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By The President’s order B. Dandridge respectfully transmits to The Secretary of War the enclosed papers respecting proceedings had by Govr Blount with the southern Indians, with a request that he will carefully peruse them & see if any & what parts require to be acted upon immediately. The President desires that The Secy of War will, in his Letters to Govr Blount, request him to make known to...
By the Presidents order B. Dandridge respectfully transmits the enclosed papers to The Secy of War; & informs him that the ideas on the subject of them both of The Secy of War & Secy of State, are agreeable to those of the President. The President suggests that by consult[i]ng with Genl Wayne perhaps a better distribution of the troops might be had—this however he submits to the Secretary. AL...
[ New York, January 19, 1796. Letter listed in dealer’s catalogue. Letter not found. ] ALS , sold by Ben Bloomfield, New York City, 1954, List DM-2, Item 49.
[ Philadelphia, September 23, 1792. On September 30, 1792, McHenry wrote to Hamilton : “I received your letter of the 23.” Letter not found. ]
[ Philadelphia, April 26, 1791. On May 3, 1791, McHenry wrote to Hamilton : “I did not receive your letter of the 26th till the morning of the 2d.” Letter not found. ] McHenry, who had served as George Washington’s secretary during the American Revolution, had attended the Constitutional Convention and the Maryland Ratifying Convention. He was a member of the Maryland Assembly from 1788 to 1790.
Your letter of the 15 of October came duly to hand and an answer has only be[en] delayed through extreme hurry. My views on the point you mentioned cannot have changed and I am glad to know how you stand. All that confidence or attachment on my part could dictate will be employed. But nothing is certain. And nothing ought to be suspended on the event. Indeed I cannot perceive how the one thing...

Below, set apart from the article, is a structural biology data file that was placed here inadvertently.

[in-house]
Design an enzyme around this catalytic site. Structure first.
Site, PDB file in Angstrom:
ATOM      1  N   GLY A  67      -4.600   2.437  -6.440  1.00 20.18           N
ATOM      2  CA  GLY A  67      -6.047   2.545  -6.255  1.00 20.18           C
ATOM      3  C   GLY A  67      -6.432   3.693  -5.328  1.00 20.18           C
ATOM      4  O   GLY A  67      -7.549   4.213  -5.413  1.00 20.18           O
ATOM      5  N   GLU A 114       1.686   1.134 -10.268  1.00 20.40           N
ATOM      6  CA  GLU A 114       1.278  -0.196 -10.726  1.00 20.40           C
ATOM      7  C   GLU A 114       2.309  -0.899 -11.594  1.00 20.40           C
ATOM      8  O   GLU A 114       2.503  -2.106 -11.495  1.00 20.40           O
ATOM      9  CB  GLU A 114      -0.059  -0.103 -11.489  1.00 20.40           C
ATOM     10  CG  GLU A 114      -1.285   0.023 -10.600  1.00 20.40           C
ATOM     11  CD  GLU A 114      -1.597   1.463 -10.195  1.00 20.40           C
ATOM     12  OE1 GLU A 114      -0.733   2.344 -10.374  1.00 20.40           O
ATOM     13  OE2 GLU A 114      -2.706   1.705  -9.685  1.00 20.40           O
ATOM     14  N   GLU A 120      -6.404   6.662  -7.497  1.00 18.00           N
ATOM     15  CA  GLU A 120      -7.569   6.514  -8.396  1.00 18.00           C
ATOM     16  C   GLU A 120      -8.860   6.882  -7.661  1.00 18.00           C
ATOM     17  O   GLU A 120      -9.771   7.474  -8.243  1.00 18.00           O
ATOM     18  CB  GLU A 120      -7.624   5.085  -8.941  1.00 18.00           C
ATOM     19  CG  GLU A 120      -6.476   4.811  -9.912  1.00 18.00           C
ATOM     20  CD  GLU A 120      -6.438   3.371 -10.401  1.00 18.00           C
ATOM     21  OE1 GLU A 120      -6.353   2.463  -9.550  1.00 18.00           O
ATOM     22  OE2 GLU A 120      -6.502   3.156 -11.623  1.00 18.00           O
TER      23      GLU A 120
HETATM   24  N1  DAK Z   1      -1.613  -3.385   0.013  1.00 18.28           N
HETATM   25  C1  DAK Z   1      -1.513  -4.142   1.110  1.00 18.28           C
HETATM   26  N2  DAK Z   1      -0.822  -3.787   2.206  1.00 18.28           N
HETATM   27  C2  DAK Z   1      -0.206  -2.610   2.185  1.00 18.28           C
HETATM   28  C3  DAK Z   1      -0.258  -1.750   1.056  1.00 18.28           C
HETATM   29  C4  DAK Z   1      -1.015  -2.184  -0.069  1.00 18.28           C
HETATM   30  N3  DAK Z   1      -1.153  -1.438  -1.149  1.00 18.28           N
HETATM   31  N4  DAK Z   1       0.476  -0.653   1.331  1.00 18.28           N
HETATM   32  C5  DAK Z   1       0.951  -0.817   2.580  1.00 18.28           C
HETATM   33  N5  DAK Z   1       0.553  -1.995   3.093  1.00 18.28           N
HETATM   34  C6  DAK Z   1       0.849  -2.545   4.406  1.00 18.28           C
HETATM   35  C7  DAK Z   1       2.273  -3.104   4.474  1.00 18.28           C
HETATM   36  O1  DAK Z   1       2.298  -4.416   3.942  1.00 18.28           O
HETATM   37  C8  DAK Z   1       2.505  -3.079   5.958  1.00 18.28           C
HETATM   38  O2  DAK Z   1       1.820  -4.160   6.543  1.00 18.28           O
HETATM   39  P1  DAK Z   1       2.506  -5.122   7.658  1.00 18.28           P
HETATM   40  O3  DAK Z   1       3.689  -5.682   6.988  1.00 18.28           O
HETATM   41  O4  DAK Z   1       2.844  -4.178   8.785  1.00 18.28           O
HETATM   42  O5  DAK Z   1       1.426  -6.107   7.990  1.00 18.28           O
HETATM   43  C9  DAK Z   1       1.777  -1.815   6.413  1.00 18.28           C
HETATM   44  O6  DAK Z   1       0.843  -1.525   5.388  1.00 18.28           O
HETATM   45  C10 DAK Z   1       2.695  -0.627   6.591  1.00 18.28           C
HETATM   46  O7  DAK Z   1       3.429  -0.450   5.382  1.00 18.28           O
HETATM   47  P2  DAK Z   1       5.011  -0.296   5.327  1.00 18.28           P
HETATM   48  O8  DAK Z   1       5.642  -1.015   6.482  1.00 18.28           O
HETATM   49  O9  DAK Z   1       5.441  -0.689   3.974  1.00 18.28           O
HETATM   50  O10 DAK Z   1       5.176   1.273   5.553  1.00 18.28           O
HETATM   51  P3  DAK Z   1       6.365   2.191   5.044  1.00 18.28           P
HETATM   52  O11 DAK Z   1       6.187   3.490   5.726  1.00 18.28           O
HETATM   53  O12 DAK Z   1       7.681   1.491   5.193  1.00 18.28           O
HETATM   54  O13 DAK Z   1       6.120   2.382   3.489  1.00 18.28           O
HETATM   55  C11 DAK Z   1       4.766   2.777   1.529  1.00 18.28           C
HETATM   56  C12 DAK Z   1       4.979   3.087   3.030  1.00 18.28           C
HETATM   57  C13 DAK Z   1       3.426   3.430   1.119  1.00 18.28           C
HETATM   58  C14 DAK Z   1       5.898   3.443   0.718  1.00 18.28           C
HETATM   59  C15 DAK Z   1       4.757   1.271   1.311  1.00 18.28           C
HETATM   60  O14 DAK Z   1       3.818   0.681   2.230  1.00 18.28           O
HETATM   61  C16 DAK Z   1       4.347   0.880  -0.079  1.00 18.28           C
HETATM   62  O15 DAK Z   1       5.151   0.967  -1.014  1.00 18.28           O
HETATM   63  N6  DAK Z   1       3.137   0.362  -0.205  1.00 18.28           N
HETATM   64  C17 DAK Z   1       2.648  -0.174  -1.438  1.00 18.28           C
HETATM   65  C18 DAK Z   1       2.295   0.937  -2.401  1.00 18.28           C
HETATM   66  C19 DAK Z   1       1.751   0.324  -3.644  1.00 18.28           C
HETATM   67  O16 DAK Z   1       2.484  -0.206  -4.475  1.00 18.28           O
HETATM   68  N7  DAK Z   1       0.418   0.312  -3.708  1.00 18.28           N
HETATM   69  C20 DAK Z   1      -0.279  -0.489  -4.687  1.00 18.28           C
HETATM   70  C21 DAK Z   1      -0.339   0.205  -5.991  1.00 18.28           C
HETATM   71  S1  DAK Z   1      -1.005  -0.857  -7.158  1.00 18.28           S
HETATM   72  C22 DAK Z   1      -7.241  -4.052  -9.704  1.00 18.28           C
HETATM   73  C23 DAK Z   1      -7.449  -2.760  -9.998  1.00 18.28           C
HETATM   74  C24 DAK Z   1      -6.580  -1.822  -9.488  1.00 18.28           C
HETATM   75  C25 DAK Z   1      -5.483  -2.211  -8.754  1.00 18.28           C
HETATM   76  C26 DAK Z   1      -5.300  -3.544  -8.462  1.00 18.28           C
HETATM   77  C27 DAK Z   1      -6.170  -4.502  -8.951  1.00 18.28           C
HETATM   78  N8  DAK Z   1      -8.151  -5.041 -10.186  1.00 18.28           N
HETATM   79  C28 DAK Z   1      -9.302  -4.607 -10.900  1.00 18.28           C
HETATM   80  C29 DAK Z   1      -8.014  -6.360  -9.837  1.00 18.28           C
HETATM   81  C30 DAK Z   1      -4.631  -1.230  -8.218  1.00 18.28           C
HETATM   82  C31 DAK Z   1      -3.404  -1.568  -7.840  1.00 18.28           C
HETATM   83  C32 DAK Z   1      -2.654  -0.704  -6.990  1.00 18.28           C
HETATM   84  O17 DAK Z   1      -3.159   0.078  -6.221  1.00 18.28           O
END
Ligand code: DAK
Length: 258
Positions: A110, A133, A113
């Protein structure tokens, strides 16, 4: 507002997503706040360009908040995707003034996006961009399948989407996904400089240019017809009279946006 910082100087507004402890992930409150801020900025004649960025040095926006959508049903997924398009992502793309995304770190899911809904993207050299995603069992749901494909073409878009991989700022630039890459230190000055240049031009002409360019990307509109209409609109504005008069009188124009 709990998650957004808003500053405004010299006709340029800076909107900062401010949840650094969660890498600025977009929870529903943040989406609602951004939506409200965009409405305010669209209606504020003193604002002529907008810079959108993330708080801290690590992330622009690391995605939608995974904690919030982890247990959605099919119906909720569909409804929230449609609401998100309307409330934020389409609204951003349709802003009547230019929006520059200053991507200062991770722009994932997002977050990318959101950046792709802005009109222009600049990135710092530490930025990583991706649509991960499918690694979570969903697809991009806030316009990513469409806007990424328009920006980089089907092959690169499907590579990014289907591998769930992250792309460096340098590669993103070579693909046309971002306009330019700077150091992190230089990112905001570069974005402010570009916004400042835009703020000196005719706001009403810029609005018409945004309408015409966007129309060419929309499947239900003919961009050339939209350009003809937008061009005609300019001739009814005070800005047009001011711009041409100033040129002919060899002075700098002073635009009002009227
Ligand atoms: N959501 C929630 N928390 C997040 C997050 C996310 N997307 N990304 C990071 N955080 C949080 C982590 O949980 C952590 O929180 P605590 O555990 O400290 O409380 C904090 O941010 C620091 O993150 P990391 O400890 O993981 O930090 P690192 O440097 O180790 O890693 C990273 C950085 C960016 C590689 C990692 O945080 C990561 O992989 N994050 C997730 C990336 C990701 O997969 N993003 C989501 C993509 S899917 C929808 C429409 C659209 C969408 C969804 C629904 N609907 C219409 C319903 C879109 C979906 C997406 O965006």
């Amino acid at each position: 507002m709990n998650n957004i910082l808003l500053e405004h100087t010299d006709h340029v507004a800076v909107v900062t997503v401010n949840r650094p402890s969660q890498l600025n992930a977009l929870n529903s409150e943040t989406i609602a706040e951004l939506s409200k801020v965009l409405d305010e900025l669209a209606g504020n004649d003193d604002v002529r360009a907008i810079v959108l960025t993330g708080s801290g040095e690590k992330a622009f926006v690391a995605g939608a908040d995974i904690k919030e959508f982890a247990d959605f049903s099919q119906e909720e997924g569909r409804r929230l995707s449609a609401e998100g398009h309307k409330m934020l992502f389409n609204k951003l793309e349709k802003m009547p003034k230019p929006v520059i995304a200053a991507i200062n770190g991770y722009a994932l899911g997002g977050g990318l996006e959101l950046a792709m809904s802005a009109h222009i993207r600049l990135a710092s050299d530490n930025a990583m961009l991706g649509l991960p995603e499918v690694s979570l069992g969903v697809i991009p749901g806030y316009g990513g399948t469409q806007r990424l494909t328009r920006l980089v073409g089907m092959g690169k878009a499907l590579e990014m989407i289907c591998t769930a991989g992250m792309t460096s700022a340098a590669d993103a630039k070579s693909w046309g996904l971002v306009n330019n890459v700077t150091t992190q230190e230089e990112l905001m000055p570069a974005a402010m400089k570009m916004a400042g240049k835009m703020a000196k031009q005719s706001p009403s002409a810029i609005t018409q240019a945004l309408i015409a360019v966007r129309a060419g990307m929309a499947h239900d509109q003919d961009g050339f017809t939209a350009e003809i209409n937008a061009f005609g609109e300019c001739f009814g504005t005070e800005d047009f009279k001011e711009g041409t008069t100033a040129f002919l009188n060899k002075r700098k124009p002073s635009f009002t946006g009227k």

It is a good while My Dear Mac since I have either written to or received a line from you. I embrace the first moment I have been really able to spare to say some things to you which have for some time “lain heavy on my mind.” I have been conscious that I owed you an explanation concerning the issue of a certain Inspectorship and I have meditated it ever since that issue took place. In giving...
I am told the Executive Directory have complained of Mr. Parish our Consul at Hamburgh. Perhaps the complaint may be ill founded but perhaps also he was indiscreet in giving colour for it. Admit too that he is a good man. Yet we must not quarrel with France for pins and needles . The public temper would not bear any umbrage taken where a trifling concession might have averted it. Tis a case...
I have considered the articles of War & rather think the case is not provided for by them. I incline to the opinion that The President ex officio as Commander in Chief has power to order a General Court Martial. But the exercise of this power would be liable to too much question & Criticism to be expedient. What then is to be done? The President has a right to dis⟨miss⟩ Military Officers as...
Take my ideas and weigh them of a proper course of conduct for our administration in the present juncture. You have called Congress—tis well. When the Senate meets (which I should be glad to see anticipated) send a Commission extraordinary to France. Let it consist of Jefferson or Madison Pinckney & a third very safe man, say Cabot . Proclaim a Religious solemnity to take place at the Meeting...